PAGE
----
The Right Man for the Job
In an Oct. 29 story, Newsmax reported that Keene believed Romney was in the best position to win the Republican nomination. While Rudy Giuliani leads in the polls, Keene said then that most people have not begun to focus on the election.
Once they do, they will recognize how liberal Giuliani is on some social issues like abortion and gay rights, and Republicans overall will tilt against him. Then Romney’s strategy of focusing on key states like Iowa and New Hampshire could propel him to the nomination, Keene observed.
“Romney’s doing it the right way, in my view,” Keene said then over lunch at the Palm. “My view’s colored by history, and these other guys seem to be betting that history doesn’t matter, and I’m not sure that’s true. If you win the first contest, and they’re close enough to the second contest, you get an enormous boost. And the idea that the onrush of big primaries makes those early contests unimportant may be 180 degrees wrong.”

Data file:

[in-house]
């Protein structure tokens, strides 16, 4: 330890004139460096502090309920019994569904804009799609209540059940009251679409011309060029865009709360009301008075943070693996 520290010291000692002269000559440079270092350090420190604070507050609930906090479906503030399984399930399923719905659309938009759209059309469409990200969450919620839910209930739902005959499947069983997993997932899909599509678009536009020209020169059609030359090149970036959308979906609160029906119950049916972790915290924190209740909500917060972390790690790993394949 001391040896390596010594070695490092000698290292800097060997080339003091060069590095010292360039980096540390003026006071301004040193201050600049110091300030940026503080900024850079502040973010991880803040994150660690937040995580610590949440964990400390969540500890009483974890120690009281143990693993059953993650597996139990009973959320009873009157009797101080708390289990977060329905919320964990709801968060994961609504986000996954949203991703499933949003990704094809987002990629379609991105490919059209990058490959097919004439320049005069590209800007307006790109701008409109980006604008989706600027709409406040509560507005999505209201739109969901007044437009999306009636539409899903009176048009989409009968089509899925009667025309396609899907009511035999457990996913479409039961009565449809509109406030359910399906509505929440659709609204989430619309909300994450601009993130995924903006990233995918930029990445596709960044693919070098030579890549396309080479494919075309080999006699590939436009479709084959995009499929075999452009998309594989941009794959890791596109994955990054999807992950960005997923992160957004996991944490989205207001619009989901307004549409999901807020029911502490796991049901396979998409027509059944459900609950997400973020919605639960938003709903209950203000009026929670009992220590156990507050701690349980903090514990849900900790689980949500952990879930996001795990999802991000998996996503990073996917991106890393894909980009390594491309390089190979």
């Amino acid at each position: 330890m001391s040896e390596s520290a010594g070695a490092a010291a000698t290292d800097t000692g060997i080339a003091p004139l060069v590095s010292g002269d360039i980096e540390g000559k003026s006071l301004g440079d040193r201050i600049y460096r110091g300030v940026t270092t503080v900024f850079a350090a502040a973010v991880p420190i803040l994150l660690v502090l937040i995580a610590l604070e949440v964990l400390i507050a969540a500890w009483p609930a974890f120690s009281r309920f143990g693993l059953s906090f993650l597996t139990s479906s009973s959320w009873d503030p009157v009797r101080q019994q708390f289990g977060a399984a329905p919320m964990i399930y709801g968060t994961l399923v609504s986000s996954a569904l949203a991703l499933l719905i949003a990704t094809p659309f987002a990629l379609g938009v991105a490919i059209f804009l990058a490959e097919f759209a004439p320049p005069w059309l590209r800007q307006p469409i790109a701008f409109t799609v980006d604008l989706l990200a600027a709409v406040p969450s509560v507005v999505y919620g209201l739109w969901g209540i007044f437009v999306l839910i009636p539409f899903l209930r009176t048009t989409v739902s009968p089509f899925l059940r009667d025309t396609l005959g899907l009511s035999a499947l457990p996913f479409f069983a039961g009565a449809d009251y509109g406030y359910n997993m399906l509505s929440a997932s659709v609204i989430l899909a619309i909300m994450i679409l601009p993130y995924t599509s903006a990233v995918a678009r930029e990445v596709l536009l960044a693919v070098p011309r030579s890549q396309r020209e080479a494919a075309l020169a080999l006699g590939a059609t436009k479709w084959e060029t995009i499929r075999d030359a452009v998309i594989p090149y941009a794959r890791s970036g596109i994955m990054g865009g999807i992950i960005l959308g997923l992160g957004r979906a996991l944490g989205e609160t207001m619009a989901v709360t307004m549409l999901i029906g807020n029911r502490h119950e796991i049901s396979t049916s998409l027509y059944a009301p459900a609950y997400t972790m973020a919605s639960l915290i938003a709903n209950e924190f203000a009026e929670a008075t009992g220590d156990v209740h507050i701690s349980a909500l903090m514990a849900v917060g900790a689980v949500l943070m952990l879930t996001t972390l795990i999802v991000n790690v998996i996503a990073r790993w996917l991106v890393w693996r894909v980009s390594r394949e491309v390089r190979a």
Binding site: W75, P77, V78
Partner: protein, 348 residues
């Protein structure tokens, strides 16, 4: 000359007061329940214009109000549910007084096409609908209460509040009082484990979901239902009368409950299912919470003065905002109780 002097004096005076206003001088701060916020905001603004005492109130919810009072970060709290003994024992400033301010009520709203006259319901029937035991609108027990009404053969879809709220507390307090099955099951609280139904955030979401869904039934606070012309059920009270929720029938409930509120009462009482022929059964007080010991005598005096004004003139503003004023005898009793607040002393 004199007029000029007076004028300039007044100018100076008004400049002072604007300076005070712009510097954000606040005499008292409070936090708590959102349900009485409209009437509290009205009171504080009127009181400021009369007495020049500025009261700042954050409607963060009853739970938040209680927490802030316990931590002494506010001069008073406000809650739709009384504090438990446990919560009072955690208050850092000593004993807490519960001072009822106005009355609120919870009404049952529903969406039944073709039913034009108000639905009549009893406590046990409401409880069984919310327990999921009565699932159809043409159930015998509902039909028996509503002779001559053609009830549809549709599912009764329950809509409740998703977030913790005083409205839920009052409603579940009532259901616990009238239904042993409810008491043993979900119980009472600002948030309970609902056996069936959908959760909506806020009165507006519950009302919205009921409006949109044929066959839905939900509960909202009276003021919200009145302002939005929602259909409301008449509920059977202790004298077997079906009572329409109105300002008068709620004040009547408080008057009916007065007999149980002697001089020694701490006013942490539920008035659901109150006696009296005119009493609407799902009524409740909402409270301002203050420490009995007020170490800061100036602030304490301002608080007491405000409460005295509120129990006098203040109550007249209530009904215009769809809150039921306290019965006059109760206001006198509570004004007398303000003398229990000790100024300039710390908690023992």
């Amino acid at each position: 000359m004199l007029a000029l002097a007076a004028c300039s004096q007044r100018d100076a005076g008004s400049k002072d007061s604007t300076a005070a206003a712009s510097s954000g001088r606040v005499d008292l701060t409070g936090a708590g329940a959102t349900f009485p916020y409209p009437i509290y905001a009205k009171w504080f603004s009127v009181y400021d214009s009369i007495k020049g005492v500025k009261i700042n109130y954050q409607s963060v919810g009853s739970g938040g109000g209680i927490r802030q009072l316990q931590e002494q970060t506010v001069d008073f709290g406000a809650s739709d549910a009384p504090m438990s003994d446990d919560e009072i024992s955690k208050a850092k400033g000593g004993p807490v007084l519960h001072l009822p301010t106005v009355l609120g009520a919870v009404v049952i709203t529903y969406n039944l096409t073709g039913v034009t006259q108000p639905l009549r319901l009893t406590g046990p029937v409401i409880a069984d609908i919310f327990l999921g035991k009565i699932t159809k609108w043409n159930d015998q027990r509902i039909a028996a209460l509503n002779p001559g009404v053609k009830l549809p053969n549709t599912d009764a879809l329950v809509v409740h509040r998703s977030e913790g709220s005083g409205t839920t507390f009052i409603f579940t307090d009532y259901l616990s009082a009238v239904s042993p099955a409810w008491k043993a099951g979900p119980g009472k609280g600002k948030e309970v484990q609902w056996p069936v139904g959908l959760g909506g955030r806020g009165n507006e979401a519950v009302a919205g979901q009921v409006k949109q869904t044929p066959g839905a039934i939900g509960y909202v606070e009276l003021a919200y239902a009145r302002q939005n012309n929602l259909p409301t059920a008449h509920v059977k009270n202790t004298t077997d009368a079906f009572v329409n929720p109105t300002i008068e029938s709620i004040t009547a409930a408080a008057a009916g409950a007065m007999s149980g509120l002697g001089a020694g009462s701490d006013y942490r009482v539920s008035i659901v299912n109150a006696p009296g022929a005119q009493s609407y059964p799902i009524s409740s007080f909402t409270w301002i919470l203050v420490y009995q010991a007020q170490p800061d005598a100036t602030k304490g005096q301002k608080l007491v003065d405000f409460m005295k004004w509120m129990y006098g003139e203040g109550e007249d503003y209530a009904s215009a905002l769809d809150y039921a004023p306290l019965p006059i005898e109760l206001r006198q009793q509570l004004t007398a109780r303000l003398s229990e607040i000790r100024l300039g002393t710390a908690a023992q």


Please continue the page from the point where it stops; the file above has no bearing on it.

In an interview on Thursday, Keene said that while Giuliani has some strengths, “I really do believe that a Giuliani candidacy would split the conservative coalition in ways that would be very difficult to put together and could have long-lasting impact on the shape of the Republican Party.”
On the major issues, Romney is “right on,” Keene said. “The most important thing with these candidates is, when they give you their word in a campaign, that word is credible.
“I thought Romney put it very well when he was asked during the debate about his position on abortion, and he said he was wrong, and he changed his view, and anybody that wants somebody that’s always been right better look somewhere else.”
Keene said Romney could have pointed out that like Ronald Reagan, he was wrong, “because of course Ronald Reagan began as a pro-choice politician.”
The Right Change Is Good
What is important, Keene said, is not so much whether a candidate has changed his views.